Three goals of a Pre-Induction Interview
A good Pre-Induction Interview is the best way to begin an effective hypnosis session. This article covers the most important goals of conducting an interview. Meeting these goals will set the stage for a successful hypnosis session. An effective interview should accomplish three main goals. First is should set the expectations for the client. Second it should establish you as a skilled operator with the knowledge and ability to accomplish the goals of the session. Third it should build rapport with the client by establishing conscious and subconscious communication.
Building expectation is accomplished by telling the client what to expect as you conduct the hypnosis session. This is important for two reasons. The first is to keep the client from having any surprises during the session. The second is to allow the client to more fully relax because they know what is coming next. As you describe what they are going to experience you can provide subtle suggestions about how they will react (ex. “when I count from one to five you will feel yourself relaxing deeper”). Peppering suggestions like this throughout the interview will cause the clients imagination to start visualizing the outcomes you want. This will make it more likely that the session will go as planned.
Establishing your expert status
The pre-induction interview is also an opportunity to ensure the client that you have the skill and knowledge to do what you say you are going to do. There are two parts to this process.
First is to provide the information that the client needs to fully trust you. This is best done by asking them questions about their concerns. Client concerns will normally fall into one of two areas. First safety, “is this dangerous?” Second effectiveness, “will this actually work?” The first concern comes from bad information about hypnosis from the media, or old urban legends about how hypnosis is mind control. If your client has fears about being hypnotized, overcoming them is crucial to getting the client to cooperate during a hypnosis session. The second is just good old skepticism. The best way I have found to overcome both of these concerns is by giving the client short demonstrations that allow them to see the power of their mind, and that they are actually in control during hypnosis.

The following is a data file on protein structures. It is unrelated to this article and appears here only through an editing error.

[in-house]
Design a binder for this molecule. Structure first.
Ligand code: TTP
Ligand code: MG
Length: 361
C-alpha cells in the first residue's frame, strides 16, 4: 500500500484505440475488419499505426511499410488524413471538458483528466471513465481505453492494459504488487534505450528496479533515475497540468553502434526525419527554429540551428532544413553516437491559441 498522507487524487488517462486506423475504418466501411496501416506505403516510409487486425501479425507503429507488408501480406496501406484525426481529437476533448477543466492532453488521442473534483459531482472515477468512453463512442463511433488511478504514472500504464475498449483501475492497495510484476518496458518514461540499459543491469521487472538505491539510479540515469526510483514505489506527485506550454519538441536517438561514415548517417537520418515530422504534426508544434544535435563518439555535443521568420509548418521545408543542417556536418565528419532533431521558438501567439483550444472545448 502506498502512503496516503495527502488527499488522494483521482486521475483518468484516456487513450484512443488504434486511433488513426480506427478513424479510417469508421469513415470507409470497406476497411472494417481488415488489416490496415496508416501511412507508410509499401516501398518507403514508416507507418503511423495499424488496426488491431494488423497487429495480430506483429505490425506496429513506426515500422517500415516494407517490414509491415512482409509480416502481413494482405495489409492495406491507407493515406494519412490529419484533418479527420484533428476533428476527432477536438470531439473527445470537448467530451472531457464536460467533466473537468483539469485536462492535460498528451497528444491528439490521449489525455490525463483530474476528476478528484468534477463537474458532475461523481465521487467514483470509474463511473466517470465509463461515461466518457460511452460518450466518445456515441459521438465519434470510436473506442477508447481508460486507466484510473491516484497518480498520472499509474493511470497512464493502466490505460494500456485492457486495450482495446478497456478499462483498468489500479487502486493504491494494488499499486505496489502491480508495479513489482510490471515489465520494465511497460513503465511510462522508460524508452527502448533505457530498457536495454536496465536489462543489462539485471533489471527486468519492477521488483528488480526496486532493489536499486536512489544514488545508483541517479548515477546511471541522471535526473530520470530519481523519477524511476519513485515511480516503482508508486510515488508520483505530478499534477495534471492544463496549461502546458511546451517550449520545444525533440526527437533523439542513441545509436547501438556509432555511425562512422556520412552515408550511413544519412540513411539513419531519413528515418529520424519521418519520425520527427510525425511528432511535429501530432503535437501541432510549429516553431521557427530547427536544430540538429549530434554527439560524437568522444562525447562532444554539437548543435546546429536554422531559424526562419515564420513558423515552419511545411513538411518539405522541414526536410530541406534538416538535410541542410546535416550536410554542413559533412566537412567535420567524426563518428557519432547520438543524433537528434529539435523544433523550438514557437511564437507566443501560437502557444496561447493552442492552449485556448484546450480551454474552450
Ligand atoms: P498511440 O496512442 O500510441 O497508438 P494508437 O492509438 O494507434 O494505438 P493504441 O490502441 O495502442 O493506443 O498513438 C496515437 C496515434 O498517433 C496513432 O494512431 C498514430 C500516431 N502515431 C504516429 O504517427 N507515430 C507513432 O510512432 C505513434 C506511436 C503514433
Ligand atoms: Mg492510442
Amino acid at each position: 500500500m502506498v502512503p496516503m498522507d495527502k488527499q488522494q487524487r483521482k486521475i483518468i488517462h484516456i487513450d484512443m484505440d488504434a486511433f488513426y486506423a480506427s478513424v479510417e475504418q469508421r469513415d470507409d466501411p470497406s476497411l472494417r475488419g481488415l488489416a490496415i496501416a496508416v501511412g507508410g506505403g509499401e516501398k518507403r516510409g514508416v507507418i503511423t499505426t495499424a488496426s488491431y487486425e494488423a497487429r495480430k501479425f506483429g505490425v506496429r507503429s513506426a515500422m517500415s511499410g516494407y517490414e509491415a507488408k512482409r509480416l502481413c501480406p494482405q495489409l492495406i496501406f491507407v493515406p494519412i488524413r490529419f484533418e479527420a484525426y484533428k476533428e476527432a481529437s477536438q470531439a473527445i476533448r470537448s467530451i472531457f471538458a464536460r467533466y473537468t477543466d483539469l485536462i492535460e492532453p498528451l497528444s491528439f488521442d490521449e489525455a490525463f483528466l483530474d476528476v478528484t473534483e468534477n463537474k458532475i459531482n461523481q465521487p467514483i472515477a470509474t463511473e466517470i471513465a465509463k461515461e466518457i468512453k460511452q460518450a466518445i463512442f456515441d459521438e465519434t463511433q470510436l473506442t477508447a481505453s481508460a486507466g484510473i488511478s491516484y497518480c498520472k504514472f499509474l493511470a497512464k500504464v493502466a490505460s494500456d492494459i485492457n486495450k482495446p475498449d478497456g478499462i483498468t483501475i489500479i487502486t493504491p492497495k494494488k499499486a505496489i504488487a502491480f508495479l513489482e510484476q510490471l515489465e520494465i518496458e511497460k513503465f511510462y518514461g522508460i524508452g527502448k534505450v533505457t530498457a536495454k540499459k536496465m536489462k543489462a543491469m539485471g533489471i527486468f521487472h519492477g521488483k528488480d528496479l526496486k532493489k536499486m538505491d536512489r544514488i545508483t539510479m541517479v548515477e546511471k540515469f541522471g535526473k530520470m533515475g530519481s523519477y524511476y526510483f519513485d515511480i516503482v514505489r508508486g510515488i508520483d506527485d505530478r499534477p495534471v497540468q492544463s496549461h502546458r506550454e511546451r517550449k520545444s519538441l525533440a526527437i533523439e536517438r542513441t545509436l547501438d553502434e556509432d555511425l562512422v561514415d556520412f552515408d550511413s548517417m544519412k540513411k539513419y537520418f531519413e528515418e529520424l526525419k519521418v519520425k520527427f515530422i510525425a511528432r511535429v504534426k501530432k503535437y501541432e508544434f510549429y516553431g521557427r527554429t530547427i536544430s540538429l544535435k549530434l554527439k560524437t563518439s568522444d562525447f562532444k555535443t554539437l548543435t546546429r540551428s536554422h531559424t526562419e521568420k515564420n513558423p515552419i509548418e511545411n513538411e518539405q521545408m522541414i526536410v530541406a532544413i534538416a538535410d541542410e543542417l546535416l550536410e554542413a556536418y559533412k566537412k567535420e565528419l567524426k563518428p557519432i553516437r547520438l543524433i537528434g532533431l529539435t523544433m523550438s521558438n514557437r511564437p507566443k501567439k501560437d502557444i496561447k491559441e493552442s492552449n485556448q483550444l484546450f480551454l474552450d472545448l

Establishing rapport is about opening lines of communication, conscious and subconscious. This step starts from the moment you first meet the client, and continues until they leave your presence. This has less to do with the words you actually say and more to do with how you say them. It is your body posture, your eye contact, your mannerisms, the way you’re dressed. It is really about how congruent you are from the beginning of the conversation to the end. Many stage performers develop a stage personality that is very different from who they are off the stage.
Some hypnotists try to do this by developing a dramatic trance voice or practicing their pre-induction interview for theatrical effect. It is good to practice, but if you sit a client down in your office, introduce yourself, start the interview, and then become a different person, the clients sub-conscious will throw up so many barriers you’ll never get through. Be the same person from beginning to end. The client needs to know who they are dealing with or they will be trying to relax with one eye open.
If you accomplish the three goals of the pre-induction interview you can be assured that you have set yourself up well for a successful hypnosis session. The client will know what to expect, trust in your abilities, and know that they are dealing with someone they know.